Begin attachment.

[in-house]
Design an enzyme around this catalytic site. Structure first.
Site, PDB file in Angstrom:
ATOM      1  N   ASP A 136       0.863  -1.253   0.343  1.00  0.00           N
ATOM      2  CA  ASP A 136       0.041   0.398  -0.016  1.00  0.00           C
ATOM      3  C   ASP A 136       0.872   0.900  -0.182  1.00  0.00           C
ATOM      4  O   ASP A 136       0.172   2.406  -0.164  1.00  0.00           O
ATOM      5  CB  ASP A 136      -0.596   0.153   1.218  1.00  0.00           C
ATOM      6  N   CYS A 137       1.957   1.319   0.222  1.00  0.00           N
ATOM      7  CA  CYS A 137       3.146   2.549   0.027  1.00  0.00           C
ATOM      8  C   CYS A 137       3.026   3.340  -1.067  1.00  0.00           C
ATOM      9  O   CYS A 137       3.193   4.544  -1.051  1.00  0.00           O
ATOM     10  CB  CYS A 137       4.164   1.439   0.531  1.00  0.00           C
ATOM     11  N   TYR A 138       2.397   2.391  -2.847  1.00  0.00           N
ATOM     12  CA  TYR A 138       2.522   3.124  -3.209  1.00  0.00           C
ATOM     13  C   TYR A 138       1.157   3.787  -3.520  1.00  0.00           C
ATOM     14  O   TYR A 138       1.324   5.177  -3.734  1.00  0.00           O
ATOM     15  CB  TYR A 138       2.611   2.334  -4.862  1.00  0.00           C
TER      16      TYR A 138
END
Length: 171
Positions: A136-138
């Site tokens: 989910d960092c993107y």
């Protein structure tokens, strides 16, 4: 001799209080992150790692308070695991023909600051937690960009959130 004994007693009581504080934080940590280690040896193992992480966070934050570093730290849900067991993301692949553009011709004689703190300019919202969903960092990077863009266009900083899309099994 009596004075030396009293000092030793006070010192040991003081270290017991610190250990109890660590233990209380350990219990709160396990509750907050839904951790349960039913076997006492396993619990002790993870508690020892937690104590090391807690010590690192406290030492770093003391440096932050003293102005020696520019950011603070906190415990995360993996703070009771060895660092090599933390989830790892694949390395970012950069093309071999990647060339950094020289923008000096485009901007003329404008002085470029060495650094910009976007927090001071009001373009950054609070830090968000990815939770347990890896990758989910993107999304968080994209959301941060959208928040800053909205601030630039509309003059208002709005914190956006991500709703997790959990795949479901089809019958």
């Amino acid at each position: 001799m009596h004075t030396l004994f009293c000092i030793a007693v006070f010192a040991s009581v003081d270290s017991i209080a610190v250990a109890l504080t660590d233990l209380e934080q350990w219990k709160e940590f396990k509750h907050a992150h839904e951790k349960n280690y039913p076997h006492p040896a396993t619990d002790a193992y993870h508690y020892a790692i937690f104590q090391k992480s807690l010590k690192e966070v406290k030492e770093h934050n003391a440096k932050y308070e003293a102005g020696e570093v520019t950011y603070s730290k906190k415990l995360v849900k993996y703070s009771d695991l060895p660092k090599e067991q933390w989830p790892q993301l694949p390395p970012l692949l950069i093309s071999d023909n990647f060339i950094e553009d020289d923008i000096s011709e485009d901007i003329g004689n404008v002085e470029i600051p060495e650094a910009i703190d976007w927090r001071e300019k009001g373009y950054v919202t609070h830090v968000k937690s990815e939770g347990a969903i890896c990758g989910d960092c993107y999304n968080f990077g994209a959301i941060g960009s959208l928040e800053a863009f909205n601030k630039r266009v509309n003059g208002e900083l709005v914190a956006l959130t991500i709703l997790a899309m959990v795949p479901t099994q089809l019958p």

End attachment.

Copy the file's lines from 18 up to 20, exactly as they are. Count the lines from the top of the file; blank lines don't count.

ATOM     15  CB  TYR A 138       2.611   2.334  -4.862  1.00  0.00           C
TER      16      TYR A 138
END